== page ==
At the moment, vaccinations are proceeding at a really encouraging pace. The United States now administers roughly 3.2 million of them a day, up from 2.5 million a day in March. That rate may soon be bolstered by the reintroduction of the Johnson & Johnson vaccine, whose distribution was put on hold last week by the CDC and FDA after six women had severe blood-clotting reactions.

“Hopefully, by Friday, we’ll get back on track one way or the other,” Fauci said Sunday on CNN’s State of the Union.

There is some concern that halting distribution of the Johnson & Johnson vaccine may have an effect on the level of trust the public has in it. Fauci said Sunday that the federal government is preparing a campaign to explain federal experts’ findings about the shot, and why it is safe, should it be deemed so.

A similar but broader campaign is being prepared to convince those still hesitant to be inoculated, Axios first reported Sunday. As part of that effort, the White House is expected to give educational resources to thousands of community leaders, including information and materials to distribute that will encourage people to get their shots and show them the places to go.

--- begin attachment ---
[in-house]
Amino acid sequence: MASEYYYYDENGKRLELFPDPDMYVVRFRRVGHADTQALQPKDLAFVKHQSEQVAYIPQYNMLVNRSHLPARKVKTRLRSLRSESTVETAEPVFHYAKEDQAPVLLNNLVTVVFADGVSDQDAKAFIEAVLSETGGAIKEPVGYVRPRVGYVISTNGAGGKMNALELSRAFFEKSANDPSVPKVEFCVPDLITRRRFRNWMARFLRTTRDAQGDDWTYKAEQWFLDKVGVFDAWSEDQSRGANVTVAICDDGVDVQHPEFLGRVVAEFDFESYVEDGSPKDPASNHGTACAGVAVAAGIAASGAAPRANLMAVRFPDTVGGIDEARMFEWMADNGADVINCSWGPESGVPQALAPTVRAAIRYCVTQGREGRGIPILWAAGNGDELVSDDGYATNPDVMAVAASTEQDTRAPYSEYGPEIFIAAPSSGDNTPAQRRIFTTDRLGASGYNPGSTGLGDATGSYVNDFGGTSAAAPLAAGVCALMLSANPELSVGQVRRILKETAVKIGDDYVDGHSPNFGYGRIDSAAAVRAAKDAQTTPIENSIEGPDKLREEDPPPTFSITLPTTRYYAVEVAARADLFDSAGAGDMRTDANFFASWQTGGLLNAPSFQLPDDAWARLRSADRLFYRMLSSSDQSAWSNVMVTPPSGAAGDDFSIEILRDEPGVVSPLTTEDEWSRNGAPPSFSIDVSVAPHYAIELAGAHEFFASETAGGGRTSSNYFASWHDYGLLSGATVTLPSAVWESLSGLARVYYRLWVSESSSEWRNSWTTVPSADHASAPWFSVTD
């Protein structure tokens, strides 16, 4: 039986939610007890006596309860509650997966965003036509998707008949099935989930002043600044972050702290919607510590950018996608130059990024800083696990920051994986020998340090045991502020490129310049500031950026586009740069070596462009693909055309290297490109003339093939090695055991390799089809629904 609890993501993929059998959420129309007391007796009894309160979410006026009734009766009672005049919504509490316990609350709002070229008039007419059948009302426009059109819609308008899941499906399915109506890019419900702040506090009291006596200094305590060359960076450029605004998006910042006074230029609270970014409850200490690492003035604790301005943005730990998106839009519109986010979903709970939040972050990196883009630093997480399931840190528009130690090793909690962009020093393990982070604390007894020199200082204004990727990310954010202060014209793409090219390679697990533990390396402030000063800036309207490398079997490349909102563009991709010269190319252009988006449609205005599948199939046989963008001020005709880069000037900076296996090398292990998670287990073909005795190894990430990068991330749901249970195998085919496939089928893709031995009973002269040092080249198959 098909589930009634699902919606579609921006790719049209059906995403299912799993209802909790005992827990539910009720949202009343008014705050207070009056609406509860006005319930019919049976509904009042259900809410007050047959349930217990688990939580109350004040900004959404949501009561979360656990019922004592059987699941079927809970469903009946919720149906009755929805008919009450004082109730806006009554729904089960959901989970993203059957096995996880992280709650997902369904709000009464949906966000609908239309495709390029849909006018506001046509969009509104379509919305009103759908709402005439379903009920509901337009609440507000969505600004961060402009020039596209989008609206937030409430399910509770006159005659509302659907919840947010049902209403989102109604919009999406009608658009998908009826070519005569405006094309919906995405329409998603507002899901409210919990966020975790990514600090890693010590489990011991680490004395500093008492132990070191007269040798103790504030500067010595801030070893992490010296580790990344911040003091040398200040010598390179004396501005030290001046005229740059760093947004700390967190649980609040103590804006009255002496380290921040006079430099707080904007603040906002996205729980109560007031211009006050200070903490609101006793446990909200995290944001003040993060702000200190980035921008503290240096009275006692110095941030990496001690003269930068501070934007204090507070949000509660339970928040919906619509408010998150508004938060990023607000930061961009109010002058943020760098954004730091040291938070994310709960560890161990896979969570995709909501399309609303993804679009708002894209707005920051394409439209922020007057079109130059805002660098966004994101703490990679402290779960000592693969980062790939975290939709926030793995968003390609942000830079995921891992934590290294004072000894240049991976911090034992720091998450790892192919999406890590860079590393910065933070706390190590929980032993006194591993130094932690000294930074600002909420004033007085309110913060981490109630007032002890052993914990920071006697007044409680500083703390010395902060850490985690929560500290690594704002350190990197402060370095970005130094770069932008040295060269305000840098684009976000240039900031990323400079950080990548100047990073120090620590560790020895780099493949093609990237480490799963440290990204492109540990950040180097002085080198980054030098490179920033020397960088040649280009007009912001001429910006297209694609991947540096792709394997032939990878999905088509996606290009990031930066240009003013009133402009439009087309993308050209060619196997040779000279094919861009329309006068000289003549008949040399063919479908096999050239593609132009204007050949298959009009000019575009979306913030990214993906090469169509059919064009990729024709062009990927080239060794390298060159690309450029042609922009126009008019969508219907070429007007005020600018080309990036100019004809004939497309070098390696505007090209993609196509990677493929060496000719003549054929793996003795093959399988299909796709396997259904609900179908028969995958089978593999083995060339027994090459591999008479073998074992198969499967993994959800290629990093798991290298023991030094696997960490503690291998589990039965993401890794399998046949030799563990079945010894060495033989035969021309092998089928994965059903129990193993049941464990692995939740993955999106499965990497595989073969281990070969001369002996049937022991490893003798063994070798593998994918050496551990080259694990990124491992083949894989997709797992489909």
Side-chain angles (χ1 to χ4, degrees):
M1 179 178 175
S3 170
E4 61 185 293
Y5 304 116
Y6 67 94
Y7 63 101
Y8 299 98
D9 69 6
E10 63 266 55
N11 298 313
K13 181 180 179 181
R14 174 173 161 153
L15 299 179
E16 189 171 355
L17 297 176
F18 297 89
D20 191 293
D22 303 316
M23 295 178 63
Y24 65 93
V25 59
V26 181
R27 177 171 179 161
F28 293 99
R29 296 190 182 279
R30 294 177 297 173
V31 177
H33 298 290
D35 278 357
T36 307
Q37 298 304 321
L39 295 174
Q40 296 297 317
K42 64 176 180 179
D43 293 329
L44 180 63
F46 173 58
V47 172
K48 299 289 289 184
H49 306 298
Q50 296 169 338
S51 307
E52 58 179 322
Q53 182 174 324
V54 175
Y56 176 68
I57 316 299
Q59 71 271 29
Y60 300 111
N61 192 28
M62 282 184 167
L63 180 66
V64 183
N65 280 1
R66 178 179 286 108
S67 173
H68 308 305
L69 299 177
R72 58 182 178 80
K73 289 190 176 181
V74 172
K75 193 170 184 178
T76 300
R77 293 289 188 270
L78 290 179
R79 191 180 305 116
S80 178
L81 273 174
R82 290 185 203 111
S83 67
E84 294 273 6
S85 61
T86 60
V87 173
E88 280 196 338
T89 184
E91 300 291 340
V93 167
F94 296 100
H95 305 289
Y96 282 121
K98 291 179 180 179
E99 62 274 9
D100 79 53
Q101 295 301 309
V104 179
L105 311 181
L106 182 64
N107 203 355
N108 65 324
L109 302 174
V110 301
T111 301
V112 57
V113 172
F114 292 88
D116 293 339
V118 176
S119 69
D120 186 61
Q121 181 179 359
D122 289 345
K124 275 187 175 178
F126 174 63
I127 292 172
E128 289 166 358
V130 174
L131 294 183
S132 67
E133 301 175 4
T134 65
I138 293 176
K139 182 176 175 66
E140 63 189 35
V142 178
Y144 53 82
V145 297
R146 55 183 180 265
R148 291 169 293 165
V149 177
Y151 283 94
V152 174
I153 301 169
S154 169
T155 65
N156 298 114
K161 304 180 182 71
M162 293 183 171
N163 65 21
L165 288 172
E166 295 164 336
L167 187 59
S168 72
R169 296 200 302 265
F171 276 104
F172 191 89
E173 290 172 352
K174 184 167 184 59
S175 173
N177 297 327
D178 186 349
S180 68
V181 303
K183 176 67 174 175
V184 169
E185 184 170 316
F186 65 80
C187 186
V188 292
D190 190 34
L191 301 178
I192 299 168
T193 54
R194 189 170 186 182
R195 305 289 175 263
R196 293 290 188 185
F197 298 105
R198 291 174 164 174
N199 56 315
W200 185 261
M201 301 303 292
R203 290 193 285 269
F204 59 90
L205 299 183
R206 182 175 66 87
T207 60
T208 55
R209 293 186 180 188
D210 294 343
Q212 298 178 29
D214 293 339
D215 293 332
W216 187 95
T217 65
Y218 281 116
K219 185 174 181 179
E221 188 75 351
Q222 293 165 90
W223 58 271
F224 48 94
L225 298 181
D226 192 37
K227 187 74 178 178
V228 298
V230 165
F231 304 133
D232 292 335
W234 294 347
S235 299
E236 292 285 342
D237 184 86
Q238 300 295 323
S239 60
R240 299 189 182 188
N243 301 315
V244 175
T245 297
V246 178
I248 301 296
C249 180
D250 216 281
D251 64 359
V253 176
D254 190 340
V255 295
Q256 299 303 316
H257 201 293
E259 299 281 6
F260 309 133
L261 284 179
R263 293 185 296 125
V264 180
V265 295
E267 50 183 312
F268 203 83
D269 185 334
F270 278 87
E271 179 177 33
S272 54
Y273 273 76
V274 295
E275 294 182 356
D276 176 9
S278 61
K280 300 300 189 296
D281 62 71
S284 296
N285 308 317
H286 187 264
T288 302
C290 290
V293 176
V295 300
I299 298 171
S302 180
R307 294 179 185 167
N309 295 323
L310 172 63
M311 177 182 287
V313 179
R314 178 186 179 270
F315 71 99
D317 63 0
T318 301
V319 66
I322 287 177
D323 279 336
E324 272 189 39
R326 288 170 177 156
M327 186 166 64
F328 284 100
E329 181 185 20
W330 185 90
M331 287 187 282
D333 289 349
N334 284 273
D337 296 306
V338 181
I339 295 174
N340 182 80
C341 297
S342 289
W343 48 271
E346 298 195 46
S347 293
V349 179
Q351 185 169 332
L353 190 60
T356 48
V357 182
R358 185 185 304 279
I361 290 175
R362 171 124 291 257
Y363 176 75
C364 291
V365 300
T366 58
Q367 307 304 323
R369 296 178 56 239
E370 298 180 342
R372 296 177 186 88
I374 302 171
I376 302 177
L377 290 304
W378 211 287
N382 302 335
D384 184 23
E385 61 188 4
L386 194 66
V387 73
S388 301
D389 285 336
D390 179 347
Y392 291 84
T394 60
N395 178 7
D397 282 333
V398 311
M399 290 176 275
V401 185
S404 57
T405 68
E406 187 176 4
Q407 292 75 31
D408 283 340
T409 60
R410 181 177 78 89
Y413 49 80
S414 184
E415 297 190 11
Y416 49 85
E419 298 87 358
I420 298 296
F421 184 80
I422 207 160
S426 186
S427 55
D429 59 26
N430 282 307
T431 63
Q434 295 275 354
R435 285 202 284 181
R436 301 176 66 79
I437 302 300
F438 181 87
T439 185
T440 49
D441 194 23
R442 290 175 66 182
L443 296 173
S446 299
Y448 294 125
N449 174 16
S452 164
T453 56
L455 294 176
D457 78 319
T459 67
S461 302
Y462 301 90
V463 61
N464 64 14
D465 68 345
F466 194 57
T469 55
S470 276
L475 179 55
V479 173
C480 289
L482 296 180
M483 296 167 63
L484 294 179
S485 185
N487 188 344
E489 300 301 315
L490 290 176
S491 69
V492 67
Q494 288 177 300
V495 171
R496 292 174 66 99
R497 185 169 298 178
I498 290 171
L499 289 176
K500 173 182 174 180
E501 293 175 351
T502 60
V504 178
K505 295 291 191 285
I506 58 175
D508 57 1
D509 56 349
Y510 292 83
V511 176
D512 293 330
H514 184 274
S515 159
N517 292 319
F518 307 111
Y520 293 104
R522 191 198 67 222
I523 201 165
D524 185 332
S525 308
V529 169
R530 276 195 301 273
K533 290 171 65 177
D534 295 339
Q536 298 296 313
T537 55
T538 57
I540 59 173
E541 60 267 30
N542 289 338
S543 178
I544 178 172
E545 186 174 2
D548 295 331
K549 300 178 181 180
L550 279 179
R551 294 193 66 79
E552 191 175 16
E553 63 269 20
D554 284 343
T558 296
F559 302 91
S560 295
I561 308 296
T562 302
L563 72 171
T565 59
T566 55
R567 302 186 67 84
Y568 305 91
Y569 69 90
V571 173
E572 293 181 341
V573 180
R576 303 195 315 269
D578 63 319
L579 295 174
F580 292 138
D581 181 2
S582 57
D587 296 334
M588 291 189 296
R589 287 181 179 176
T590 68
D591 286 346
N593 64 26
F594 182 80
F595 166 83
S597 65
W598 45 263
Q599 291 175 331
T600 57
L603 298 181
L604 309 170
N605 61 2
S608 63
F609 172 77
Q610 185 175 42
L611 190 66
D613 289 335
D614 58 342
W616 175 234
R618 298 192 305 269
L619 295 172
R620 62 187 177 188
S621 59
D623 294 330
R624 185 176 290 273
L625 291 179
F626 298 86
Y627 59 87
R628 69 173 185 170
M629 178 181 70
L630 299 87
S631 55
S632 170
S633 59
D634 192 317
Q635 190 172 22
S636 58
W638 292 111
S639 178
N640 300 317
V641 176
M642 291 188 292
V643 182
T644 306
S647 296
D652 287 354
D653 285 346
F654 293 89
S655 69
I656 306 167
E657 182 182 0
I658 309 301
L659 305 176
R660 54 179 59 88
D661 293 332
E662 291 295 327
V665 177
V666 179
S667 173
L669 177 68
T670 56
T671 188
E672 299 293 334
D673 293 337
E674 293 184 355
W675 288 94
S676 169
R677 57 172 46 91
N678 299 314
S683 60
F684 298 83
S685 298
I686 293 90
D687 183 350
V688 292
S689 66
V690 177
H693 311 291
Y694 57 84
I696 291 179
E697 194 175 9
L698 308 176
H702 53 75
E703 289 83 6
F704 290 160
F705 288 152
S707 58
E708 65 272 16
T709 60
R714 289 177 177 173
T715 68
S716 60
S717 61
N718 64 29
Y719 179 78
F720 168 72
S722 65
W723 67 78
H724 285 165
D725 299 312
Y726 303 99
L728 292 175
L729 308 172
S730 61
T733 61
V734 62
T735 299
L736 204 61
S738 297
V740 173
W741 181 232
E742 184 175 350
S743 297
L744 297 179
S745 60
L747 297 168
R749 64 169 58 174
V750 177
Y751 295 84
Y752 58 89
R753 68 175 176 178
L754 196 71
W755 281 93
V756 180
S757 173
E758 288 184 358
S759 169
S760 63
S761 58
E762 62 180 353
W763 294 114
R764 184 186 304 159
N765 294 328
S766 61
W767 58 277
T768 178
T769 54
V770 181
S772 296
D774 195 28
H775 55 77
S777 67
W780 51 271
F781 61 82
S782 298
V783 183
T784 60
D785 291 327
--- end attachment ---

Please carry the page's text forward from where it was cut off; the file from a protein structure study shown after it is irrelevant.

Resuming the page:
The Biden administration also plans to partner with social media platforms such as Twitter and Facebook to send users push notifications informing them of vaccine eligibility and getting doctors in television studios for interviews. Biden is also expected to film a new public service announcement that will continue to promote vaccine uptake.

Overall, hundreds of millions of dollars will be spent by the federal government on a public relations push to get Americans into pharmacies and doctor’s offices.

That’s important, not only so the US can eventually reach herd immunity, but because Covid-19 cases are continuing to rise throughout the country in what experts fear could lead to a fourth wave of cases. The country currently averages 71,000 new cases per day, up from 55,000 last month, according to the New York Times. For the Biden administration and the rest of the country, it’s a race against the clock.